end of the decade the Malaysia Chapter began to have a number
of members suffering from both. After extensive discussion,
the Malaysia Chapter decided to recognize the special circumstances
of each condition and a group of AA members led by Omar
and Wagner founded Narcotic Anonymous in 1994. This separation
reflected increasing awareness in Malaysian society of addictions
and a reduction of the stigma associated with these conditions.
Role of Individuals
central tenant of the organization is that AA is not about
specific individuals. The founder of AA, Bill W., refused
honorary degrees, believing strongly that every individual's
struggle is an individual journey and no one should be signaled
out for their efforts over others. While not contradicting
the intent of Bill W.'s example, specific individuals played
pivotal roles in Malaysian AA Chapter.
the 1970s the organization was led by Pat M., whose commitment
to building AA in Malaysia made a lasting impact. Her drive
to expand membership and regularize meetings set in place
a pattern that would continue for decades. Her organizational
verve set in place a pattern that was followed by others,
notably John M., Linda, Kanda, Paul, Saba, Omar, Nathan
and more. From leadership style, different interpretations
of priorities and personalities, the Malaysian Chapter reflected
the contributions of members. Sometimes the input was leading
a successful meeting, other times it was sharing an inspirational
experience, yet others answering the phone and listening
or sharing a meal .... all critical in the difficult struggle
alcoholics have health problems from earlier drinking bouts,
especially with their livers. Not surprisingly, Master L.
was not the only death in the AA Malaysian Chapter. One
member, Kanda, died of a heart attack in a meeting. He passed
away while talking during a meeting, and his friends, after
failing in their effort to resuscitate him, worked to assure
that his death was legally registered and his family was
notified. The vulnerability of members and the shared comradeship
offered support even at the most difficult times.
of Everyday Struggle
every alcoholic, the struggle is "one day at a time".
It is a private battle that each alcoholic faces whether
it is in a restaurant or the privacy of one's own home.
It is nor just about the struggle with alcohol, but the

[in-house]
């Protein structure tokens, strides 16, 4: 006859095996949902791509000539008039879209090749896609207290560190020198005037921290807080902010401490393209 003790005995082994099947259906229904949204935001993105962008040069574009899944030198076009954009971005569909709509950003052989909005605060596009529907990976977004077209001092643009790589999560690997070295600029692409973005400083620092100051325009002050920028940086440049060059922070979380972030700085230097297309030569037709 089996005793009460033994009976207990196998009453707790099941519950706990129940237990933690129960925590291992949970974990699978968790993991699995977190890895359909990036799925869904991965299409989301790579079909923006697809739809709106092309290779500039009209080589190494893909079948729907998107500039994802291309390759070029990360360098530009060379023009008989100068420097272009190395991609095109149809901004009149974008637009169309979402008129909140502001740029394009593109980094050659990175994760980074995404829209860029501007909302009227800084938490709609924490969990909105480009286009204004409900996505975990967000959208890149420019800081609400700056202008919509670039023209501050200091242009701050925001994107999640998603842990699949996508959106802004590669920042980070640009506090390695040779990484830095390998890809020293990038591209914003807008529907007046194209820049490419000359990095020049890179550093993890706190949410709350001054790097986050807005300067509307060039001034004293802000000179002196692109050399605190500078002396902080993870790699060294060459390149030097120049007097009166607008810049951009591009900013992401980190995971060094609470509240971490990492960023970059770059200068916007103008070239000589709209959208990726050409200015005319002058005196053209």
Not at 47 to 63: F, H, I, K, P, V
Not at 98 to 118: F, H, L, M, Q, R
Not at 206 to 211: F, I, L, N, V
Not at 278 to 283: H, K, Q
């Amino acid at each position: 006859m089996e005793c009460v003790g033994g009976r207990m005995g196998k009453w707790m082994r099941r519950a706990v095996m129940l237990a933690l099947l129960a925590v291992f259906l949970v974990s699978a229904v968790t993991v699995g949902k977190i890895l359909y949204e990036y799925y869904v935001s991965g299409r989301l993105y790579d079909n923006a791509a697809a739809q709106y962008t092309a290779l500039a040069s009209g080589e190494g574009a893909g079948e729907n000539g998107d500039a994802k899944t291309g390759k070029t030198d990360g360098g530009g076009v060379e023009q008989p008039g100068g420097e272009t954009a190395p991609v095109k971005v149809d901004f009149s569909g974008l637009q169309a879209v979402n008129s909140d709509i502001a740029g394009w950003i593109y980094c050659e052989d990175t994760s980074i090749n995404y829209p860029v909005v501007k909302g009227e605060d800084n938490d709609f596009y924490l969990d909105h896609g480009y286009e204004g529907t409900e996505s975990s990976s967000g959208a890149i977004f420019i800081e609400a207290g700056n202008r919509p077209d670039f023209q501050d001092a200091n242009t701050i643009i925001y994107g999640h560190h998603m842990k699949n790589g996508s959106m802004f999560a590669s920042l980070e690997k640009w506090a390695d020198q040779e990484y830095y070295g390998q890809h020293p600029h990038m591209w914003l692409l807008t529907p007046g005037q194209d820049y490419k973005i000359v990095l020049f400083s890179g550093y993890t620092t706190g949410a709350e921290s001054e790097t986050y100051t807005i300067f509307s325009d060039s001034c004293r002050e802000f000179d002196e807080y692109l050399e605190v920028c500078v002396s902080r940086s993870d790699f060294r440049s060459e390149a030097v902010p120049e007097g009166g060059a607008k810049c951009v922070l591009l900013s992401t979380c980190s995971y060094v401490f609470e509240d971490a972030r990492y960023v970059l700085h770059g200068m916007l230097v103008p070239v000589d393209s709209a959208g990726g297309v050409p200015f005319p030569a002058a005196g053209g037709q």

management of factors that trigger alcohol consumption.
Alcoholism is not a choice, but a disease that requires
intervention and constant vigilance. AA provides a community
to support each other, comprised of members while are also
battling the disease for sobriety. It is through this shared
experience that members can face the obstacles in their
struggle, be rewarded for their success and be accepted
for any mistakes.
The Malaysian AA Chapter was worked hard to put in place
conditions that welcome anyone. It has not always been easy.
The Chapter faced a lull in membership during the mid-1980s,
fostered by infighting among members. As one senior member
noted, "AA members started practicing the disease with
each other." The Chapter splintered with meetings held
in different locations and overall membership dropped. Beyond
the personality conflicts, there were differences in interpretation
of the program, which are part and parcel of the evolution
of an organization. A similar lull occurred in the late
1990s, with calls of mismanagement tainting the organizers.
Yet, here too, the Chapter bounced back, resolving differences
internally and with discussion. The pattern within the Malaysian
Chapter has reflected the pattern within the organization
as a whole, acceptance, tolerance and discussion - with
the common bond of a shared AA framework as a foundation.
the Malaysian Chapter reaches its 36 year anniversary, it
is proud to acknowledge that the meetings have saved lives
and build a fabric of support that has enriched lives. The
Malaysian Chapter, like those elsewhere, now has Meetings
in Penang and Johor Bahru within Malaysia and welcomes anyone,
just like Enos C. did in the YMCA years ago.
By : Dr. Bridget Welsh
© 2007 AA Kuala Lumpur, Group Pertama. All rights reserved.